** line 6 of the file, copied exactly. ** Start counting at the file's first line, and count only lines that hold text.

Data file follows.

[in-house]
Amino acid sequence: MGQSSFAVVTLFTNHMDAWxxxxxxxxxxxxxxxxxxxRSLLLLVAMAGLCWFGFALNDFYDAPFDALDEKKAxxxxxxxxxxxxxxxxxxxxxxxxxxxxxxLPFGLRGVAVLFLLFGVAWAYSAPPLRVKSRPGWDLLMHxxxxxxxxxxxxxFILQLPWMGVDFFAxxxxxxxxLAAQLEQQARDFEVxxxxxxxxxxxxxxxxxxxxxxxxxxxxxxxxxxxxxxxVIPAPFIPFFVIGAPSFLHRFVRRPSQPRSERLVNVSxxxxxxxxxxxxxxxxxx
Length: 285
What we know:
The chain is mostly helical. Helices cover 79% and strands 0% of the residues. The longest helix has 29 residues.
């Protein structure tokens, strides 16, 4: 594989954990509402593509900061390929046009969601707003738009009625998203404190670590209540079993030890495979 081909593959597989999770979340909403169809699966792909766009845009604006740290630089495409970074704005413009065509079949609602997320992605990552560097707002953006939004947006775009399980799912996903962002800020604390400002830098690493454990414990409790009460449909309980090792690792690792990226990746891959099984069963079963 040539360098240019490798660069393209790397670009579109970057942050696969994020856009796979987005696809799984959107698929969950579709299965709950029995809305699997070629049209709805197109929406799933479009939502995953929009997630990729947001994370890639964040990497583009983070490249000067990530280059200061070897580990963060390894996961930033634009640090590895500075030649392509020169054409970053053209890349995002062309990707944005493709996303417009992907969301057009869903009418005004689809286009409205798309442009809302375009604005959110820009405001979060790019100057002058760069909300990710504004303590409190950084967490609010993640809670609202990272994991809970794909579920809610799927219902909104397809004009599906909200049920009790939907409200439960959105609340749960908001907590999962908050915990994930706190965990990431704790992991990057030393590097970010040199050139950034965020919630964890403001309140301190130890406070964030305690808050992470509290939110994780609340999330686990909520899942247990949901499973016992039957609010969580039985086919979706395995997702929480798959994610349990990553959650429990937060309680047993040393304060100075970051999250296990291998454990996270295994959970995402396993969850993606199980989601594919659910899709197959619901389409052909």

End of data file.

């Protein structure tokens, strides 16, 4: 594989954990509402593509900061390929046009969601707003738009009625998203404190670590209540079993030890495979 081909593959597989999770979340909403169809699966792909766009845009604006740290630089495409970074704005413009065509079949609602997320992605990552560097707002953006939004947006775009399980799912996903962002800020604390400002830098690493454990414990409790009460449909309980090792690792690792990226990746891959099984069963079963 040539360098240019490798660069393209790397670009579109970057942050696969994020856009796979987005696809799984959107698929969950579709299965709950029995809305699997070629049209709805197109929406799933479009939502995953929009997630990729947001994370890639964040990497583009983070490249000067990530280059200061070897580990963060390894996961930033634009640090590895500075030649392509020169054409970053053209890349995002062309990707944005493709996303417009992907969301057009869903009418005004689809286009409205798309442009809302375009604005959110820009405001979060790019100057002058760069909300990710504004303590409190950084967490609010993640809670609202990272994991809970794909579920809610799927219902909104397809004009599906909200049920009790939907409200439960959105609340749960908001907590999962908050915990994930706190965990990431704790992991990057030393590097970010040199050139950034965020919630964890403001309140301190130890406070964030305690808050992470509290939110994780609340999330686990909520899942247990949901499973016992039957609010969580039985086919979706395995997702929480798959994610349990990553959650429990937060309680047993040393304060100075970051999250296990291998454990996270295994959970995402396993969850993606199980989601594919659910899709197959619901389409052909």